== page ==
Transitioning to Dive J 1550, we were treated to yet another captivating sight as we encountered a medium-sized blue shark dart through a cloud of small fish at an approximate depth of 30 meters. This sighting offered a glimpse into the epipelagic realm of the ocean, showcasing the multifaceted nature of marine life in these waters, and how diverse life can be between different stratifications.

A Poralia rufescens viewed from the ROV Jason. Credit: UW/NSF-OOI/WHOI; J2-1553, V23.

In a subsequent Dive J 1553, our attention was drawn to a particularly striking sight—a large red jellyfish boasting impressive tentacles. It was later identified as a Poralia rufescens. Apart from the animals listed from the dives, we have had ample time to survey image mosaics (large high resolution bathymetric images created from many smaller images taken from other cruises) from the Southern Hydrate Ridge. This area has much biological activity driven by chemosynthetic life from large methane seeps. These unique circumstances lead to important scientific questions about ecology in these areas. In these systems we have seen a huge diversity of benthic fauna and have been able to identify sea stars, hydro and octo corals, anemones, crabs, hagfish and many more species. By identifying and gathering quantitative and positional data from these photomosaics, it makes it possible for us to bring about novel conclusions about life in such a strange environment.

It is impossible to fit the incredible diversity of life that we have seen so far on this trip, from the epipelagic fauna of Mola Mola, Sealions and Short-beaked common dolphins to the Rattail and Black cod of the bathypelagic, we have seen so many unique species all adapted in unique ways to their specific biological niche.

Carter, J. Nelson, V. Kondrat inspect a CTD rosette post deployment Credit: A. Paley, University of Washington; V23.

10 September 2023

On September 10th, myself and fellow visions students, Vivi, Maleen and Cameron found ourselves tasked with a critical operation at the Oregon Offshore site. Our role for the shift was first to cock Niskin bottles on a rosette for a CTD (Conductivity, Temperature, and Depth) cast. The point of cocking Niskin bottles is to hold open the large tubes so that they can close tightly and quickly at depths that are specified by a team of scientists back in the computer lab. This operation is essential for collecting water samples from specific depths in the ocean, providing valuable data for our purposes of verifying instrumentation at precise depths.

As the CTD rosette was traversing downward to abound 580 meters, we were able to see clearly the different values that instruments on the CTD were measuring populate the monitors in the computer lab.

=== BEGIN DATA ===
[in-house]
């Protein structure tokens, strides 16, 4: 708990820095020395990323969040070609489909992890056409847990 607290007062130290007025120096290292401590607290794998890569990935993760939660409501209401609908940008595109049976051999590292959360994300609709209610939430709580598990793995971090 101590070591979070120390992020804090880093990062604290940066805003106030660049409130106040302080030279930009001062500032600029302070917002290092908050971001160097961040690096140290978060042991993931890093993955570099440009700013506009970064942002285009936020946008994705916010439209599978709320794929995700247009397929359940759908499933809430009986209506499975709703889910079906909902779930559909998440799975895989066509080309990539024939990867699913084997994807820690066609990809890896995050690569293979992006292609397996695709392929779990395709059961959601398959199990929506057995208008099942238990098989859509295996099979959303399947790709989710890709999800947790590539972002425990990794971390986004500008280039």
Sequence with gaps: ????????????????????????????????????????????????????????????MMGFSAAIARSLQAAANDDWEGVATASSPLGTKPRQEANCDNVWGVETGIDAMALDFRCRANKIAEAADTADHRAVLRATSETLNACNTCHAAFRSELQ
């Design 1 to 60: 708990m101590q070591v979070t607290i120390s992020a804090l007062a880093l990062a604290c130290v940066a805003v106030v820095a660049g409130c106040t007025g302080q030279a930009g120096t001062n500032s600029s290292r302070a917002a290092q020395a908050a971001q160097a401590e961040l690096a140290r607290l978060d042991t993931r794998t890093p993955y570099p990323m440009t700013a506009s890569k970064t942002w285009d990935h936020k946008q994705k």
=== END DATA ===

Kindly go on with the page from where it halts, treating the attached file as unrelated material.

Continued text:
After the CTD reached its final depth, we made the call for it to be pulled up to various depths and sent signals to fire Niskins closed at areas important for our purposes.

Carter inverts a glass Erlenmeyer flask to begin washing it with seawater to fill with an oxygen sample Credit: A. Paley, University of Washington; V23.

At each depth of interest, we fired 2 bottles just in case a backup would be needed for a leaky bottle or some other point of failure. After the CTD cast was completed and the bottles were filled with seawater from various depths the CTD was hauled back onto the deck. Our attention shifted from watching the values change on the monitor to taking salinity, chlorophyll, and oxygen samples from the bottles themselves. While salinity and chlorophyll samples involve a relatively straightforward process of rinsing the receptacles three times with the same seawater that was sampled, and storing seawater in labeled receptacles, the procedure for oxygen was notably more intricate.

To accurately sample oxygen levels, it’s crucial to ensure that the collected water in the sample glass Erlenmeyer flask is free of bubbles during dispensing from the Niskin bottle. To achieve this, I had to connect a glass tube to the Niskin bottle’s opening, loosen the top cap to initiate water flow, and meticulously purge the tube of any bubbles. Once the water was bubble-free, I quickly inverted the flask so that the water sprayed upwards at the base, effectively cleaning the flask from any previous samples with a slow circular motion and a swift inversion to begin the collection of the oxygen sample. This process guarantees that the sample contains no extra oxygen from the atmosphere, providing an accurate representation of the oxygen levels in that specific water parcel.

Carter adding MnCl3 to a glass Erlenmeyer flask with seawater sample Credit: A. Paley, University of Washington; V23

After collecting the sample, the next step was to add a fixative to eliminate any microorganisms that could alter the oxygen levels through respiration or photosynthesis utilizing calibrated dispensettes to ensure a very precise amount of the chemicals were put into each sample. Once the fixative was added, the sample was carefully capped and shaken. To ensure the sample remained uncontaminated, it was placed back into its wooden box, and Milli-Q water was sprayed on top of the bottle to prevent oxygen from entering via gas exchange processes.

Before we transported the samples to the analytical laboratory, we quickly hopped up onto the rosette and reconfigured the flipped pins for our next deployment . At this point, we had gathered all of the useful seawater samples that we needed to, so we went around and emptied the remaining water out onto the deck and retightened the caps on the Niskins.

These meticulously collected samples were then transported to the lab, where they would undergo analysis using the adapted Winkler method by Co-Chief Scientist Julie Nelson. This method involves determining the volume of thiosulfate needed to titrate reagents, which is subsequently used to calculate the percentage of dissolved oxygen (%DO) in the samples. The entire process was documented rigorously, both on paper and through an iPad application, to ensure that all necessary data was collected and stored appropriately.